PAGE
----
“Is it light roast?” asked Redzepi, who favors the Scandinavian style of coffee.

Zilber added, “Dark is too ‘black coffee,’ so that’s why we always use light.”

“Light has extra notes,” Redzepi continued, “notes of honey, notes of nature, notes of tropical. Dark roast gives deep—“

“—forceful, beat-you-into-submission kind of flavors.”

Hey Noma, can I come intern in your fermentation lab?

Suddenly, my apartment was chaotic. Redzepi’s wife, the cookbook author Nadine, had arrived — they were headed to the airport soon. Then the Superiority Burger that I’d ordered arrived. Next, my ex brought my son back from soccer.

My son, who likes to add dried hibiscus and fresh lavender from the windowsill to my kombucha for its secondary fermentation, made a bee-line for Zilber, who began explaining how to make it: “If you prefer, you can use new grounds, but you’ll use much less than the fresh stuff. You take coffee, pour boiling water over the top, all the flavors will come out. Tomorrow your mom’s going to strain it, add her funky mother to it, and we’re good.”

Click here for Noma’s coffee kombucha recipe

“I get confused with ‘mother,’” said my son. “Kombucha mother, or a mother that is in charge of a son?”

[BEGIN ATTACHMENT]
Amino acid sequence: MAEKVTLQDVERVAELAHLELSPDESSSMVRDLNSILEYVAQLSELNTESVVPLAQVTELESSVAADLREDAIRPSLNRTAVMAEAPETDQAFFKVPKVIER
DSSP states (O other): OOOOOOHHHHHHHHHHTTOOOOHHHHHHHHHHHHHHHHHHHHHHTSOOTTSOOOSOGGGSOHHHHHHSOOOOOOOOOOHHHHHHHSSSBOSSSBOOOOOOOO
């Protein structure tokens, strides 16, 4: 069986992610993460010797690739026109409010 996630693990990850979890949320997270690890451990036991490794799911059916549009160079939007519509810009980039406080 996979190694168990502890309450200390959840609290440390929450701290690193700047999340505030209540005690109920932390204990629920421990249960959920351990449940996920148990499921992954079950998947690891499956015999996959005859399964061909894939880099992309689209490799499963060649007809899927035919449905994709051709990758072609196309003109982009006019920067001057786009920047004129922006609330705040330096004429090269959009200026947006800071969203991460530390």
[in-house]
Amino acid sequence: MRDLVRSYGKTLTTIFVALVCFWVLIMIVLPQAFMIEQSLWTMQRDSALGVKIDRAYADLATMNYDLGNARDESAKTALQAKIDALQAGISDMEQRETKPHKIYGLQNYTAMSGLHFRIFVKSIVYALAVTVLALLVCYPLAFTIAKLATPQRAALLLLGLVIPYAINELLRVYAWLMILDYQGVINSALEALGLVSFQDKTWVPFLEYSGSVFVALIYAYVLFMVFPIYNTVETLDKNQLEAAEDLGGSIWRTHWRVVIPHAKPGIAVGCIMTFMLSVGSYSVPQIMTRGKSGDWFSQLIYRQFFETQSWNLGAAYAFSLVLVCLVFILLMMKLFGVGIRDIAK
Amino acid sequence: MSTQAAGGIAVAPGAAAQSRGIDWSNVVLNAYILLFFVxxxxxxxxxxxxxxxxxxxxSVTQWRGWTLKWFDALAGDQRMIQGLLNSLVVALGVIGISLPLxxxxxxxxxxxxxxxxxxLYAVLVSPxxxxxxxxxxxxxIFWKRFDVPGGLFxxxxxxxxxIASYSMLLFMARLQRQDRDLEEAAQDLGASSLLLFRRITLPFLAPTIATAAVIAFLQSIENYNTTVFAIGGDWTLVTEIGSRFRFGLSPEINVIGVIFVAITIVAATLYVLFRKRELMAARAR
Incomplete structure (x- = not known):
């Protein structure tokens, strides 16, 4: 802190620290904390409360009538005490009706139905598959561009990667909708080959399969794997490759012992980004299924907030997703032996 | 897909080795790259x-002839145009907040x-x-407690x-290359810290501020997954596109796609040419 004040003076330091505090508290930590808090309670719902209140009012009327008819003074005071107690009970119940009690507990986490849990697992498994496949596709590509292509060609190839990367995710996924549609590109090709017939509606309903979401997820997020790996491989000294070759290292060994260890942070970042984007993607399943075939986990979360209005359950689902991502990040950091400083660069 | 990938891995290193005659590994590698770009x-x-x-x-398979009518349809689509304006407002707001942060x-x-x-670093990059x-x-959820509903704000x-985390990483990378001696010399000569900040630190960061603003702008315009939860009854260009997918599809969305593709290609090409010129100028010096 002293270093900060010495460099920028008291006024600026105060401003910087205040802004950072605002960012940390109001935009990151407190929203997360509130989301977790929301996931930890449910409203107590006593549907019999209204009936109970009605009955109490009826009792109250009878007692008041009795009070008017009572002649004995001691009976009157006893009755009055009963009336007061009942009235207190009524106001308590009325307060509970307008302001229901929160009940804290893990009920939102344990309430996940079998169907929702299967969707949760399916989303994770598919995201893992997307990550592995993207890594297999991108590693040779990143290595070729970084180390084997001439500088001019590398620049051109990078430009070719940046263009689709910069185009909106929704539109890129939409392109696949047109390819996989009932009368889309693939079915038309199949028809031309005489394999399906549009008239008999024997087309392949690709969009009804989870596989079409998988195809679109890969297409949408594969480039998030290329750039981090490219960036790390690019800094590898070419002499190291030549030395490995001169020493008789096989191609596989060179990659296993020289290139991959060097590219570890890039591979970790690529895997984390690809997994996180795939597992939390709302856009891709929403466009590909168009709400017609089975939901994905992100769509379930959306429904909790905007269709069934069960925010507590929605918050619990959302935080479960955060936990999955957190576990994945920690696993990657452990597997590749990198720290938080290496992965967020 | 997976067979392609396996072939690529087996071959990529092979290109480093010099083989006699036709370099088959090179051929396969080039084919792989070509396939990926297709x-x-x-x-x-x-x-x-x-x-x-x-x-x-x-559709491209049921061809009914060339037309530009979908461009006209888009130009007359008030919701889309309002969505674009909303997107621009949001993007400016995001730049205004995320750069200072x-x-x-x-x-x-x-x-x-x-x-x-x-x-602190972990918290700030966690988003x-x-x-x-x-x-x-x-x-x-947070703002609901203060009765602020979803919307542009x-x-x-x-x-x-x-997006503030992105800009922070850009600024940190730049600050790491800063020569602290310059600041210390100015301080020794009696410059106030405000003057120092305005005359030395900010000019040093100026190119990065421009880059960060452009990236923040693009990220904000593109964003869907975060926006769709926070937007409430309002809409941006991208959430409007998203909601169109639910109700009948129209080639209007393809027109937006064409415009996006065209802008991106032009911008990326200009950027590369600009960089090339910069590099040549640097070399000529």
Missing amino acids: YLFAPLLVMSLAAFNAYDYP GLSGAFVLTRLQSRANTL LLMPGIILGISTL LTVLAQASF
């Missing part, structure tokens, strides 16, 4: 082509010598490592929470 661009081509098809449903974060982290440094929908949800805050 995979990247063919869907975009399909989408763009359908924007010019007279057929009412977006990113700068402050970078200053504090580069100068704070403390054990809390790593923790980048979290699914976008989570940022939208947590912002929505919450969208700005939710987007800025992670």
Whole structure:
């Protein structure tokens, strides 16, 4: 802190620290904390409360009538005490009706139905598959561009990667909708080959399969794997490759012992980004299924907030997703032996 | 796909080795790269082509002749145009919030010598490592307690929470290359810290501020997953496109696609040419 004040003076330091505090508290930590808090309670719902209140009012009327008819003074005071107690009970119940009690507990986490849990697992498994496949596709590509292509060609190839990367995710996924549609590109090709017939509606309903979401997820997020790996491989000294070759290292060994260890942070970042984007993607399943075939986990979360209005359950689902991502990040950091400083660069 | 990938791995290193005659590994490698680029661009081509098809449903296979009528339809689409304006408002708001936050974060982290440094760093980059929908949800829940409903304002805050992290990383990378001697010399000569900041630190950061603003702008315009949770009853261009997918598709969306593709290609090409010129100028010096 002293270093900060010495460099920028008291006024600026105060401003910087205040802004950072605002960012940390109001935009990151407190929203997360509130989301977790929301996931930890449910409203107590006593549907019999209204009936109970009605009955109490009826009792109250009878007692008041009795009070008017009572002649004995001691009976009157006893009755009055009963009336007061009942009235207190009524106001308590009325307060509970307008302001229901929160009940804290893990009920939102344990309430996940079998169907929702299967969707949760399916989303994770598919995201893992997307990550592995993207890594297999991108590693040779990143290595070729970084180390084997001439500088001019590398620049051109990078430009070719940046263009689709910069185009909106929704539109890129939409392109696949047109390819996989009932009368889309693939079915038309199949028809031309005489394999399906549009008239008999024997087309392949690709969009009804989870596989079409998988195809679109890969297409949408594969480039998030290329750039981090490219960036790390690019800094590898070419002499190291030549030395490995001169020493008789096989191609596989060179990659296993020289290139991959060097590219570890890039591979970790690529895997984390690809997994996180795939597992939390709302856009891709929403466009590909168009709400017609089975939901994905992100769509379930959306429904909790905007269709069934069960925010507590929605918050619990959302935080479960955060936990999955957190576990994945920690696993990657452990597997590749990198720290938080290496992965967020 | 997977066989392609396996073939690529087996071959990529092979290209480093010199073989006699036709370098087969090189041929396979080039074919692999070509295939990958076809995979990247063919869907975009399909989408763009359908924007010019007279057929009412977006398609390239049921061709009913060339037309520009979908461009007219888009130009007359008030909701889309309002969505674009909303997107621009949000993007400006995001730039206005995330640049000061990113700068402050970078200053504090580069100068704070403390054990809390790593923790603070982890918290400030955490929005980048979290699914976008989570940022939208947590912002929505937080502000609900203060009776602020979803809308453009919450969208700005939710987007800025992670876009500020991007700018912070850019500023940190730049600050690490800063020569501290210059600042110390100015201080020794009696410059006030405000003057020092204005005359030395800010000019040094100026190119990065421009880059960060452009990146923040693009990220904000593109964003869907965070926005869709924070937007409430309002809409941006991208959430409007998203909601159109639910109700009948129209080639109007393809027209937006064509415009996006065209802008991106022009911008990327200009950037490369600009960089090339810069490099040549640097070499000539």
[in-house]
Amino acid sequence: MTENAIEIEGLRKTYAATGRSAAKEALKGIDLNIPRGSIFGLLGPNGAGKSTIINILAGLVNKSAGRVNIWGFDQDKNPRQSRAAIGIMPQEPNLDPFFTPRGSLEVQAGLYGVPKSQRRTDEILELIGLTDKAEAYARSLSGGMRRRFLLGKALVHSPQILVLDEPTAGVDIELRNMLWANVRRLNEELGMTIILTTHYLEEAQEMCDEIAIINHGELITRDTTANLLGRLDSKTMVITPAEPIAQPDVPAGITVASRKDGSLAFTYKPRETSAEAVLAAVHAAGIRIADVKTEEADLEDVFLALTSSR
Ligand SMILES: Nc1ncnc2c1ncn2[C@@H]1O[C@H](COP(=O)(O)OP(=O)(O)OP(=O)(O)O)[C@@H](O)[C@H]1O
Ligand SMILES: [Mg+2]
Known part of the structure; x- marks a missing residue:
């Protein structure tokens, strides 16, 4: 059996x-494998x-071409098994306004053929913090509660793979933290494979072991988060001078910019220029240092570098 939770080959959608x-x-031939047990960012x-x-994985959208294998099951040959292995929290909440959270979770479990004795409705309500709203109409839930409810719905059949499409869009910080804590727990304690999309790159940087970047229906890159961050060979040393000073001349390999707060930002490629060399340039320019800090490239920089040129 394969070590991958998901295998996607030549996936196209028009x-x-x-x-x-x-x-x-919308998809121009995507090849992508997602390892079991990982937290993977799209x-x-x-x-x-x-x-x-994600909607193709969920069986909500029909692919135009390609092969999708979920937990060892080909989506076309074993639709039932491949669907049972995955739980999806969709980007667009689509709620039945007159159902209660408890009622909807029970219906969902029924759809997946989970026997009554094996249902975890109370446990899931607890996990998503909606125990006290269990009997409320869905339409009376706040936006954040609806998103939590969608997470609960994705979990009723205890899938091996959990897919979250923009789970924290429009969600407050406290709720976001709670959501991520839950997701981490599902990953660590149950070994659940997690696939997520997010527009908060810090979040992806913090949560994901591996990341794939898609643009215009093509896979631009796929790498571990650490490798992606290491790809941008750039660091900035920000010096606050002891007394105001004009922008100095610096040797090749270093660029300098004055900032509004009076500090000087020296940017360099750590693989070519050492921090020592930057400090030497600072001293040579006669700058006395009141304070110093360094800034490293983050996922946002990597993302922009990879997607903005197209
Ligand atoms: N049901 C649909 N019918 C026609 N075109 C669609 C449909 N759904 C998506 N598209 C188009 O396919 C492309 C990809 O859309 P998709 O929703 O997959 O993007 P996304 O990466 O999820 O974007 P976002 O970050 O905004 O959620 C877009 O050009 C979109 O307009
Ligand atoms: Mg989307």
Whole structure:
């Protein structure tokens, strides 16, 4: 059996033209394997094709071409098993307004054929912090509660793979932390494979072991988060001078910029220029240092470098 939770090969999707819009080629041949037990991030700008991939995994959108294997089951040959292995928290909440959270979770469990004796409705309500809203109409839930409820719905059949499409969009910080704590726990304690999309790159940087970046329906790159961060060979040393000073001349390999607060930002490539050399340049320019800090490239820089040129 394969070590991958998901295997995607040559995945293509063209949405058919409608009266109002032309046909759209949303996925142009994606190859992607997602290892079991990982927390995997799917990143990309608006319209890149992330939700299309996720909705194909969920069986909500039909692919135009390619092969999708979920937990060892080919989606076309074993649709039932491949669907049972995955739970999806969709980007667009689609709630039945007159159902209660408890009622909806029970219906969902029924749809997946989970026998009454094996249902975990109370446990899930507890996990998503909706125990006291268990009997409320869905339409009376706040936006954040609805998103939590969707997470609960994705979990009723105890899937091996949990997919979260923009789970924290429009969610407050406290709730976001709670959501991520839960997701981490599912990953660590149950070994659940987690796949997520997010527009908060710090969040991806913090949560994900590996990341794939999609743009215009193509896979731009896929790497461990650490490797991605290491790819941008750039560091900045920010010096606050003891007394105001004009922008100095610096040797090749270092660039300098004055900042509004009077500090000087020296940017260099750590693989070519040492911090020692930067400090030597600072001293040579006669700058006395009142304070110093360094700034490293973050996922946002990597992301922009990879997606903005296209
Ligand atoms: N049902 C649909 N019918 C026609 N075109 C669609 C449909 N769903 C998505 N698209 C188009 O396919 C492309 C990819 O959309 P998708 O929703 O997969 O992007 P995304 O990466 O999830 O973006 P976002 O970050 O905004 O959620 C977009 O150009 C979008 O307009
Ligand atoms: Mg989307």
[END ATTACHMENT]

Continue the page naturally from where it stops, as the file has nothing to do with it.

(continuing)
With the coffee and sugar syrup ready to infuse in the fridge overnight, I wanted some honest feedback on the kombucha I’d just finished brewing. Redzepi had already spooked me by saying that he thought most commercial kombuchas are horribly vinegary. “There’s no fruitiness or freshness anymore. Me and David have very strong opinions on this.” Zilber nodded. He, too, only drinks at the office.

Great! I poured them each a glass of the hibiscus-lavender. (After I brew the kombucha base for about a week, I strain it and add things like frozen blueberries, ginger, and turmeric and let it infuse and ferment again for a few more days before straining and drinking.)

David: This is delicious. This is a perfect kombucha.

René: This is the good stuff.

David: This is right.

René: This is refreshing. That’s the moment when I like them.

And the ginger-turmeric? “Like carbonated sick tea,” said Zilber. (It was a compliment. I think.)

Emboldened, I showed them the very scary setup under the sink. Let’s just say that it’s obvious that I don’t wash my jars every time I make a batch. “As a chef, this is really freaking me out,” said Zilber. I walked him through my process, and he emboldened me further by saying that superstitions that people have around their fermentation process can be streamlined. “Sometimes fermenters tend to get very romantic about things that don’t matter,” he explained.

I was so emboldened by their feedback that I showed them the result of my more recent fermentation experiments: making sourdough bread, which Redzepi said — I swear — that it was the best-looking bread he’d seen on this trip to the States. (Luckily he didn’t taste it: It’s not sour enough for me yet.)